Echoes of the Dance (by Marcia Willett)

On the whole, I like Marcia Willett's books. I've been reading them for about ten years now, and find them relaxing and enjoyable. Her characters are believable, her plots gentle, and her endings satisfactory.

Recently I've found one or two of her novels a bit annoying with too much backtracking; interrupting the narrative by leaping forward and then showing what happened in the meantime with a conversation or memory. I've also thought that some of them were rather long-winded.

But her 'Chadwick trilogy' was very moving, and two of her more recent novels ('A week in Winter' and 'Children's hour') were excellent, so I've continued putting her books on my wishlist.

'Echoes of the Dance' features Daisy, a young and promising dancer who has suffered an injury and may never dance professionally again. One of her teachers and mentors, Mim, has a guest cottage in Cornwall, with her brother Roly next-door. Mim suggests that Rosie spend a few days there to have a break from the busyness and stress of London.

There are several strands to this story. Rosie falls in love with a man in London, who seems to have separated from his wife, but is unwilling to make any kind of commitment. Roly's ex-wife Monica is feeling bored; their son Nat has an unusual relationship with a bohemian girl called Janna, and can't really talk to either of them. Roly thinks he's in love with an old friend called Kate, who was recently widowed, and is nursing a long-kept secret. Kate is considering selling her house, and perhaps adopting a new dog, but finds it hard to make decisions after the death of her husband.

Then there are Kate's grown-up children, the twins Guy and Giles, who featured in some of Marcia Willett's earlier books. They are now married with families of their own, and although I don't remember much of what happened to them it felt reassuring to meet old friends, and catch up on one or two plot-lines that I'd wondered about. The book does stand alone - it's by no means necessary to have read any of the earlier ones with these characters - but I quite like the continuity.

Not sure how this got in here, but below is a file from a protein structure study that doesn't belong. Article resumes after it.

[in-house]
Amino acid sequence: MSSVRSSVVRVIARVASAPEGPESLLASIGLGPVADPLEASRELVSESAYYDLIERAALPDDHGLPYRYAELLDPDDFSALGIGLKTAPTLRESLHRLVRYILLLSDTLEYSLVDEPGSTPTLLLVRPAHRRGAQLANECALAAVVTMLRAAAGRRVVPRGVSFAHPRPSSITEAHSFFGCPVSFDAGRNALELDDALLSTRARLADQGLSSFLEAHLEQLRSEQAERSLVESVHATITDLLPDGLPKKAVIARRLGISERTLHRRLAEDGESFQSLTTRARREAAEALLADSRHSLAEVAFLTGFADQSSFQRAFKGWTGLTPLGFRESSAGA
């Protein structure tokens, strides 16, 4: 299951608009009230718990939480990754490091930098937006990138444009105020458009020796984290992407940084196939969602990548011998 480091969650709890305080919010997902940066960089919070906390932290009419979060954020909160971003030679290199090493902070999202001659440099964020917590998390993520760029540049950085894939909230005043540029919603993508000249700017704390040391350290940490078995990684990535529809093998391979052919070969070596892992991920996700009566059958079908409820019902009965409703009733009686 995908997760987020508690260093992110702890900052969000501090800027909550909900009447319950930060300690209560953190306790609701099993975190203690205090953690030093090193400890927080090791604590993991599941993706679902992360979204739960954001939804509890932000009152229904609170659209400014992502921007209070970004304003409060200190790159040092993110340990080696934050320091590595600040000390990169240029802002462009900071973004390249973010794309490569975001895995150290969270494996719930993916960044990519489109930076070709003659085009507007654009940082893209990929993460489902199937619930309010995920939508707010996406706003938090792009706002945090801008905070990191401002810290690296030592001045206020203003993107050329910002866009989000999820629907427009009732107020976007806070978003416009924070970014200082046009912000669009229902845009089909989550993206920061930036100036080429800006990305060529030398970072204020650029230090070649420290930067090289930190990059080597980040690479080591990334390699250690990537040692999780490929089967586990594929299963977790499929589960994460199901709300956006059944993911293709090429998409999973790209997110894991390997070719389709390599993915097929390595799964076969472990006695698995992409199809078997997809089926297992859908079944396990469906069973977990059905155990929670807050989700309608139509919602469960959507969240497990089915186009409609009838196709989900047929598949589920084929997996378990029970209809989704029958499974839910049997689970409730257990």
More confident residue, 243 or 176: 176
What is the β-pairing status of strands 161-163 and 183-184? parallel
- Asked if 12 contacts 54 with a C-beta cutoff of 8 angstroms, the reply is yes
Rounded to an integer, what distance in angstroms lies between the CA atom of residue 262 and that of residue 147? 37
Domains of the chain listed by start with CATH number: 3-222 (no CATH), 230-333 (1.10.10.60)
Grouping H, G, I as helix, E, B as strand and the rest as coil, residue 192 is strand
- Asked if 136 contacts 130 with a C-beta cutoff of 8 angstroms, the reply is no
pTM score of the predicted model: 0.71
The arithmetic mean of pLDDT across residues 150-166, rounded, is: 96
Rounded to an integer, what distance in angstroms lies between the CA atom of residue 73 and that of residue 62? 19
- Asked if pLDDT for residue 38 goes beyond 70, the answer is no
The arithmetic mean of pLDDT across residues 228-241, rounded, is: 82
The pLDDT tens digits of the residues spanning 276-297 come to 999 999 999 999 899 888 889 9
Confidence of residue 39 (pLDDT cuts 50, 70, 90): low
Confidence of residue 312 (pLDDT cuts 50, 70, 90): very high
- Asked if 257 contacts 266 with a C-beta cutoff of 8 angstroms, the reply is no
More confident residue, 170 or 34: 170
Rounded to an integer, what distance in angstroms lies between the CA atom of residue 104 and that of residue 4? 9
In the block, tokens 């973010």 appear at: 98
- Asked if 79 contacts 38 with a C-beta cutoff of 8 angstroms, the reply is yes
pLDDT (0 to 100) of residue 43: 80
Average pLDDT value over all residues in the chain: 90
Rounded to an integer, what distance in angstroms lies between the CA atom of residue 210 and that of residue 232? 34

The various subplots and threads weave mainly around the Cornwall countryside, with Rosie - who tends to be outspoken and totally honest - being the catalyst for some unravelling of secrets, although she needs considerable help as she comes to terms with her own future.

There were places in the book where a scene was only replayed in retrospect, but it didn't happen too often, and seemed to work better than in some of the other books by Marcia Willett. On the whole it was very well-written and interesting, although occasionally I had forgotten who someone was by the time I picked up the book after 24 hours.

The characters didn't come alive in the way that - say - Rosamunde Pilcher's do, but the story was warm and occasionally moving, and worked towards a satisfying conclusion with one or two surprises along the way.

Recommended as a warm, light character-driven read.

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